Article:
Unless you are 100% enlightened, you have a shadow.
But what is the Shadow, and how do you recognize it.
In this article, I will be sharing concrete examples of what the Shadow is—giving you insight into recognizing your own.
Examples of the Shadow Self:
As a general rule, your Shadow Self is the aspects of your identity that you repress. These aspects can then come out in strange and unhealthy ways. An example would be:
- Uncontrollable rage/anger
- Social anxiety
- Obsessive/compulsive disorders
- Limiting beliefs
- Guilt and shame
Carl Jung, the psychologist that developed the theory, believed the Shadow represents the dark side of a person’s personality and psyche.
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Examples of the Shadow in Literature and Movies:
Stories are a great way to explore the Shadow. We see the concept of a “dark mirror” in so many characters and stories. Examining these characters can give us insight into how it manifests within ourselves.
Tyler Durden: Fight Club
One of my all-time favorite movies, Fight Club, is a great example of the Shadow Self.
In the story, the nameless protagonist (sometimes referred to as Jack) has a friend, Tyler Durden. As the movie unfolds, we discover Tyler is just an imaginary projection in the protagonist’s head.
Tyler represents the Shadow. He is everything the protagonist represses out of fear but deep down admires.
Tyler is the bad boy, the wild and uncivilized part of Jack that wants to be let out.
The protagonist has repressed this part of himself so long that his subconscious creates a delusional character that over when Jack is sleeping.
What a great example of the Shadow.
It’s the parts of us that want to come out. And sometimes they do as small bursts of anger, slips of the tongue, and unconscious moments.
There is another reason for the Shadow, and Tyler puts it perfectly:
Only after disaster can we be resurrected. It’s only after you’ve lost everything that you’re free to do anything. Nothing is static, everything is evolving, everything is falling apartChuck Palahniuk, Fight Club
Tyler Durden wants to change. He wants the conscious mind to break free of its chains and find life again. The Shadow knows that it has to break down the safe and complacent parts of the self to allow for change to happen.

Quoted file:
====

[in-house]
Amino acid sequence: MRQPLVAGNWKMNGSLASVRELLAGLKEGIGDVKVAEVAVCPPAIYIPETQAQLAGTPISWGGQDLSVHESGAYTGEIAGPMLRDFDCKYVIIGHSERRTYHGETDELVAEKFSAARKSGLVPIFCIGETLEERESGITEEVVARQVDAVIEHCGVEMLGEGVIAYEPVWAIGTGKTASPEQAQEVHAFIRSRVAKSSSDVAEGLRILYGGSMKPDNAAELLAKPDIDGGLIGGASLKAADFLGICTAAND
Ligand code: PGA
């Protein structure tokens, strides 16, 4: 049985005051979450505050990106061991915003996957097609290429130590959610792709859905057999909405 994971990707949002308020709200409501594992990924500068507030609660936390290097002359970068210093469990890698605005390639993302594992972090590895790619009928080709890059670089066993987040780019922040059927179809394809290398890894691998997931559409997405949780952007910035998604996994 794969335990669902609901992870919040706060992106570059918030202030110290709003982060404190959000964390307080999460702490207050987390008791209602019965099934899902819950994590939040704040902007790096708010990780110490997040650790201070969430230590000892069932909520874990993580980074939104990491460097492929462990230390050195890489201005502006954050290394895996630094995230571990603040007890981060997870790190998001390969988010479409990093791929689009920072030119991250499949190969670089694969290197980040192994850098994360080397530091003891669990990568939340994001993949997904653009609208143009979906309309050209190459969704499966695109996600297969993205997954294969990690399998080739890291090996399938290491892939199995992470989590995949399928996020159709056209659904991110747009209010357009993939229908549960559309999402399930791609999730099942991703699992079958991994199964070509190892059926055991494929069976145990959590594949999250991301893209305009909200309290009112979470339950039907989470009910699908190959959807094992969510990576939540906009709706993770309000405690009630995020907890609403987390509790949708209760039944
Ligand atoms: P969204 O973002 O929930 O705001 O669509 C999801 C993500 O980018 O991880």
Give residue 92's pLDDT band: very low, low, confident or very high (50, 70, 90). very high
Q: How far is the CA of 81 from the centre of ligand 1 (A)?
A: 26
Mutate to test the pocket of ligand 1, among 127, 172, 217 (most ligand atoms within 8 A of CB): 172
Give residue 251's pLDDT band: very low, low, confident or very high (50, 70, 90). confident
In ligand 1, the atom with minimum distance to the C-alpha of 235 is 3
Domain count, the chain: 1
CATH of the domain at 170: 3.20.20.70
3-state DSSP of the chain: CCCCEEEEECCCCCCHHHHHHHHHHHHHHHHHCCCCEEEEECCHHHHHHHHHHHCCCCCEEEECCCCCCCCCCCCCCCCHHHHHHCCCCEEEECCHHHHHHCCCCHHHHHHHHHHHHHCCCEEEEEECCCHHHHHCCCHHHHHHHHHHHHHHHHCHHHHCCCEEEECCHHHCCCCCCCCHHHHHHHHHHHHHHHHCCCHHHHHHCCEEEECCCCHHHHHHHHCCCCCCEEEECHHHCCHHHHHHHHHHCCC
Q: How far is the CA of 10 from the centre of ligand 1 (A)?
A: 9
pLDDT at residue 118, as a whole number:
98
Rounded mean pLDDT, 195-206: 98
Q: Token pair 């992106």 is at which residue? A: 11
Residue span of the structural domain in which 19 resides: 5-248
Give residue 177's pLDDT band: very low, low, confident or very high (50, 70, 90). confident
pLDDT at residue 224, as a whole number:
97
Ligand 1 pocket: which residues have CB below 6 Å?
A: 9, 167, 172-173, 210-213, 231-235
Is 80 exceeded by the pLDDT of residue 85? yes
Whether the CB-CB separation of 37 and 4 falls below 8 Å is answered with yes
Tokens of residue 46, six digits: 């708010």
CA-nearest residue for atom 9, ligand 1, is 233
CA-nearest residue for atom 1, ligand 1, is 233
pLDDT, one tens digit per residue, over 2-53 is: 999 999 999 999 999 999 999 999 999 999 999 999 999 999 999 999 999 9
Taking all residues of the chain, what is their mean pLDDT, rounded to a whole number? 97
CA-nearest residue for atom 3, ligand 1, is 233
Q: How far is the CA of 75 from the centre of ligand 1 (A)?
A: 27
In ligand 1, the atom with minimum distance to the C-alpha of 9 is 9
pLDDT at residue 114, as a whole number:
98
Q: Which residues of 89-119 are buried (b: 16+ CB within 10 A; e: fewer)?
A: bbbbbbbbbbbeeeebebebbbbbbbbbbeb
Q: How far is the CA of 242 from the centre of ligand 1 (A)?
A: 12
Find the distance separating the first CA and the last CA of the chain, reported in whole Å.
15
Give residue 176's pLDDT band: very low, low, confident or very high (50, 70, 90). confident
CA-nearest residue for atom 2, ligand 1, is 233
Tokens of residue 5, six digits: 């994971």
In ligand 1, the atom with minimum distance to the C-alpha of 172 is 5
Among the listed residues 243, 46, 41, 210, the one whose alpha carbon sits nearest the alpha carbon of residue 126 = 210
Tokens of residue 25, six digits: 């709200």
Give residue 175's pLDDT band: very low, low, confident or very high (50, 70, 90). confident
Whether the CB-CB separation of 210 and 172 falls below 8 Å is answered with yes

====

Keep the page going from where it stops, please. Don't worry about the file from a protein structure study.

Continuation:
DR. Jekyll and Mr. Hyde
The great literary classic of “Strange Case of Dr. Jekyll and Mr. Hyde” by Robert Louis Stevenson is another masterful example of the Shadow Self.]
Dr. Jekyll is kind, well-mannered, and respected, but he is curious about his psyche’s darker aspects. Through experimentation, he lets this part of himself free.
The two are linked together in a battle over his identity.
Hyde may be violent, but he is also sexually free, determined, and has immense power of will.
This example demonstrates that deep within us all lies these animalistic desires. If repressed, they will grow. The key is to integrate these aspects into one’s identity and bring them closer to the conscious mind, so you aren’t ruled by it.
And keep in mind… you don’t have to have a split personality to have a shadow. It just makes for a better story.
Batman versus Joker
In many stories, the Shadow is represented by an external force or character. But within their dynamic, there is a question about what is the hero’s identity. The villain is just a mirror that helps the hero see themselves in a new way.
The story of The Dark Knight (2008) is a great example of this.
Batman represents the “superego.” In other words, it is the highest self of Bruce Wayne. Without Batman, Bruce would be a playboy with no purpose.
Bruce, on the other hand, represents the Ego. It is what he is, a flawed person with hopes of being something more.
The Joker represents the Shadow.
Throughout the story, the Joker tries to tell Batman/Bruce that he needs to accept his darker aspects to see how they are the same. He holds up a mirror to Batman, realizing that the stronger the hero, the stronger the villains. That they are linked together.
The Joker tells him that to become his full authentic self; he has to face and accept the demons within them.
V for Vendetta
The Shadow is often seen as a villain, but in actuality, it is trying to “save” people. The Shadow was made because some part of the psyche got hurt, and it needs protection.
A great example of this aspect of the Shadow is V for Vendetta.
In the story, V, the man in a mask, tries to bring down the government because he sees it as evil. He hides in the Shadow and manipulates people into fighting for him.
If you were the government, you would probably see this as violence and terror. Others see this as a fight for freedom.
V represents the aspects of our Shadow that want to protect us and create change through action, even if that action is extreme.
Just as V has a purpose, so does our Shadow.
The key is trying to discover what harm causes the Shadow to try and protect an aspect of yourself. It’s about listening to the Shadow and integrating it.
All of these examples give insight into how to recognize the Shadow.
The Shadow can be aspects of yourself that you repressed as “bad” or “uncivilized.” The Shadow is the parts of yourself you don’t want to see. It’s jealousy, procrastination, and guilt.
The Shadow is battling to be seen by the conscious mind and can come out in the strangest of ways. If you say something unexpectedly mean, fight for no reason, or find yourself regretting an action, it is most likely your Shadow.
All the stories I shared as an example would have been different if the characters sat down and talked with each other with empathy. That is the key to healing.
It’s about seeing the Shadow, trying to understand where and why it exists.
This doesn’t get rid of the Shadow, but it integrates it into a healthier way.
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